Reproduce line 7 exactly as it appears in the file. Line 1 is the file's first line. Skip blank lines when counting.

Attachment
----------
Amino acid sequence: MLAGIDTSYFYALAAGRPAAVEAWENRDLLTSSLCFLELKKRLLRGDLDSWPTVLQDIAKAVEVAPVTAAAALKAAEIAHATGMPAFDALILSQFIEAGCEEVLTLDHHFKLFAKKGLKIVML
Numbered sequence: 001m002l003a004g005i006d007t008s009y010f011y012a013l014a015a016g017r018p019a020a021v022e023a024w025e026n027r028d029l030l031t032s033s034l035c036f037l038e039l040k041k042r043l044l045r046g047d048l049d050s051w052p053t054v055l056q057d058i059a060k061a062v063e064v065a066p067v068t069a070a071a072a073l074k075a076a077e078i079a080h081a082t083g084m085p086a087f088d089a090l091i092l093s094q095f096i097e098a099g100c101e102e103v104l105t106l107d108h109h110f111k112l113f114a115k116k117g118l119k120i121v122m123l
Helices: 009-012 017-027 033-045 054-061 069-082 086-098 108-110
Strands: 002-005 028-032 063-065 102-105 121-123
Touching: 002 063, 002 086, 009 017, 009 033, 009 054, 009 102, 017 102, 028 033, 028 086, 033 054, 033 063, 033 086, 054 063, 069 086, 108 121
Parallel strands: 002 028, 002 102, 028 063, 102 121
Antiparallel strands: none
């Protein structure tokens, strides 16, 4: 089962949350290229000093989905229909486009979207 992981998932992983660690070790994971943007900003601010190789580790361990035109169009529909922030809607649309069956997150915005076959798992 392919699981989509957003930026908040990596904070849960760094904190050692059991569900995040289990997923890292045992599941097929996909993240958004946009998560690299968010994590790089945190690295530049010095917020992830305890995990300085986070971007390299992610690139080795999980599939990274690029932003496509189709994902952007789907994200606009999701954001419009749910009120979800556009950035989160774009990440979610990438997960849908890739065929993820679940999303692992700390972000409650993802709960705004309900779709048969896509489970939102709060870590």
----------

Antiparallel strands: none